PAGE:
POSTED: 11:14 a.m. HST, Jul 26, 2011
LAST UPDATED: 5:22 p.m. HST, Jul 26, 2011
The West Hawaii Civic Center in Kailua-Kona on Tuesday turned on a 250-kilowatt solar power system that is projected to save the facility $500,000 in electricity costs during the next 20 years.
REC Solar and SunRun partnered to design and install the $1.8 million photovoltaic system that will generate an estimated 400,000 kilowatt hours of electricity a year, or the equivalent of 770 barrels of oil, SunRun said in a news release.
SunRun owns and maintains the solar panels and REC Solar managed the installation. Hawaii County will buy the electricity from SunRun at a fixed price for the next 20 years.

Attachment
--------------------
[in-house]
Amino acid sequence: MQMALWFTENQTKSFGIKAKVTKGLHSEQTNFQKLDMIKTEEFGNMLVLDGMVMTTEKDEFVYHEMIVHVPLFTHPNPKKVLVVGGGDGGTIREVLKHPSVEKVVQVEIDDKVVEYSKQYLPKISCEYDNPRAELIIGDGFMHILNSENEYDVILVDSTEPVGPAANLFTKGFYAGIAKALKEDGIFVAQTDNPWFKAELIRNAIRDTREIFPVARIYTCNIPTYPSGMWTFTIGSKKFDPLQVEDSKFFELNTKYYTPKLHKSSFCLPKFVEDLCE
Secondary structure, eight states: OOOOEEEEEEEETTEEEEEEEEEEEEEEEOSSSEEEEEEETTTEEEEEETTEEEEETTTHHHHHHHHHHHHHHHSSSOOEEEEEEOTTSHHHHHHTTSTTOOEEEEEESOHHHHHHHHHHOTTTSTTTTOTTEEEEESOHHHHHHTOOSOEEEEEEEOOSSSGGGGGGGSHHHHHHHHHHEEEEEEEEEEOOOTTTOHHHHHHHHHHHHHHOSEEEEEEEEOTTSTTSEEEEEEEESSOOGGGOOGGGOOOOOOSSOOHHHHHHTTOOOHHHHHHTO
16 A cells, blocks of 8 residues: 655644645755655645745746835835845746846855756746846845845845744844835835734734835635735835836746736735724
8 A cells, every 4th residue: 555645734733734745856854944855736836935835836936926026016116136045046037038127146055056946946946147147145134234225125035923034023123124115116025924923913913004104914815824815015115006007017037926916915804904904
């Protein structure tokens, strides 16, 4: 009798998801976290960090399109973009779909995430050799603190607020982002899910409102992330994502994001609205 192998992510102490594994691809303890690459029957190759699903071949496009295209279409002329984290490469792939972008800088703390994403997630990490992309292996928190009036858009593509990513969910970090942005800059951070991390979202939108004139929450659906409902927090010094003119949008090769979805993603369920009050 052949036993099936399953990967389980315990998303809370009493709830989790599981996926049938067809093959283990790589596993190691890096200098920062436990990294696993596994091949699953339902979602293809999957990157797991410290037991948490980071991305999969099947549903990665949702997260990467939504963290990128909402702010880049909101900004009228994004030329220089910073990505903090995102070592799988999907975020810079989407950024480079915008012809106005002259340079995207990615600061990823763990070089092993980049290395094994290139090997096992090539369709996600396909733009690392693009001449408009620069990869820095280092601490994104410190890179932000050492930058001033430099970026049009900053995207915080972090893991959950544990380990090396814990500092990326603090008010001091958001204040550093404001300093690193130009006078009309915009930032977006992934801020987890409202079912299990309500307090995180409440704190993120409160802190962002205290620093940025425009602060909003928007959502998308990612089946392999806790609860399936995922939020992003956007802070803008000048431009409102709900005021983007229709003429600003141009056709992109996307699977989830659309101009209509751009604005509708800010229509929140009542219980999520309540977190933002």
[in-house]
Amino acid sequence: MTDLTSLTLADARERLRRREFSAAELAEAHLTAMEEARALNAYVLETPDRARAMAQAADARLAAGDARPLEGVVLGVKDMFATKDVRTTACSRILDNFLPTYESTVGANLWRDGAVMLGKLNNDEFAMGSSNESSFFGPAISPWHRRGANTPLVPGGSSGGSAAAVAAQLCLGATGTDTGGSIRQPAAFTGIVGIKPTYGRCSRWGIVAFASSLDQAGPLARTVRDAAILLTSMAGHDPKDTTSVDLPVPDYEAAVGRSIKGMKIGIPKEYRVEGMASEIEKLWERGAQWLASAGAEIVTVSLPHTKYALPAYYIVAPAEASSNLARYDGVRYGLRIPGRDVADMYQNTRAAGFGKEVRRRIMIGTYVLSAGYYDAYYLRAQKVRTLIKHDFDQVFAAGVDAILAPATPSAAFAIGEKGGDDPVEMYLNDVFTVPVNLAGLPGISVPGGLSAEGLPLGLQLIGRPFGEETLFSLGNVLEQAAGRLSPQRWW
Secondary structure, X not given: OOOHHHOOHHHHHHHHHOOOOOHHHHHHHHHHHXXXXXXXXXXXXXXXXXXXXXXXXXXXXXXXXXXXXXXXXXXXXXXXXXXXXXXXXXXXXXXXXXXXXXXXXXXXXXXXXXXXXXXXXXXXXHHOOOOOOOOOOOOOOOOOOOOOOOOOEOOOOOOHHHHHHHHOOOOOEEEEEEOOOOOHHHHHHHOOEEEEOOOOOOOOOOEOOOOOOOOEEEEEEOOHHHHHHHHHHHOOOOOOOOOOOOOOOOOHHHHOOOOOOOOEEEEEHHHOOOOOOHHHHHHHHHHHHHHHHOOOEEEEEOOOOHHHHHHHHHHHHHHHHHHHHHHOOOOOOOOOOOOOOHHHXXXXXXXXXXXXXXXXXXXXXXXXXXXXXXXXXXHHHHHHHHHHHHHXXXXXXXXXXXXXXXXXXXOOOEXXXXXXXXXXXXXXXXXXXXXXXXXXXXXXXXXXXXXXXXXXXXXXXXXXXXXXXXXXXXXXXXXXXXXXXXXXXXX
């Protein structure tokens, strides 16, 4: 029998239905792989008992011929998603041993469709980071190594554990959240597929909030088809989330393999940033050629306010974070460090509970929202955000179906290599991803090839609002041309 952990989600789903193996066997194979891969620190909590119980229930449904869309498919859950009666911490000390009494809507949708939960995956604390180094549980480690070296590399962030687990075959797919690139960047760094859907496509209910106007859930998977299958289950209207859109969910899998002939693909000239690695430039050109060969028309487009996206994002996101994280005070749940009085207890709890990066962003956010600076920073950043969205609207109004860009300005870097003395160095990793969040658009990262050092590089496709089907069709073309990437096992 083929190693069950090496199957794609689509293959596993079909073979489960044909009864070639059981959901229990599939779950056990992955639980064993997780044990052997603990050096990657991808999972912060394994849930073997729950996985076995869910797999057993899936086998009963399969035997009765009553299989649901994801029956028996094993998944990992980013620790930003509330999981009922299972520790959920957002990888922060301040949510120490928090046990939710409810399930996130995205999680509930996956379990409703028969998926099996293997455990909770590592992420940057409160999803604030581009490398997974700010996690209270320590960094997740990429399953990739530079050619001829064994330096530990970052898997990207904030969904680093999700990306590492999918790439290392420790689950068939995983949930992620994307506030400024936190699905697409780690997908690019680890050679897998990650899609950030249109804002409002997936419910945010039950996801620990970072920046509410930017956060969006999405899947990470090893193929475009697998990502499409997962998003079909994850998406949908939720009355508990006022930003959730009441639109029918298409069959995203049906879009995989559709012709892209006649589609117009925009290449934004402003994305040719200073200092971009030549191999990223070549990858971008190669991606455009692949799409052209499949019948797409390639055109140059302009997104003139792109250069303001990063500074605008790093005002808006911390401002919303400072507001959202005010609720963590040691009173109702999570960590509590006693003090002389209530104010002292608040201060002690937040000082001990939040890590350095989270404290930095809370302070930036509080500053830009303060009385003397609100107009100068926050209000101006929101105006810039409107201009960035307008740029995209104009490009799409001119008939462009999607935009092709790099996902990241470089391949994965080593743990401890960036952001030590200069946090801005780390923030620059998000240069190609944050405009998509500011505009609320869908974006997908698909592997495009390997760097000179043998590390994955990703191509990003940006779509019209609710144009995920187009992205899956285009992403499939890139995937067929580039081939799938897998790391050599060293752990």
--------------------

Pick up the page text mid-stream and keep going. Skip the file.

SunRun projects the system will save the county $46,000 in the first year, with savings accumulating to $500,000 over the next twenty years. Hawaii County also will be able to earn money on any surplus electricity from the PV system that is fed back into the Hawaii Electric Light Co. grid, according to SunRun.
The project is the first on Hawaii Island done under the state’s new feed-in tariff system that makes it easier for companies to sell electricity to their utility.
"We congratulate the County of Hawaii as the first to take advantage of our new feed-in tariff. The leaders of our County are doing a great job of leading by example to move Hawaii Island to energy independence,” said Jay Ignacio, HELCO president.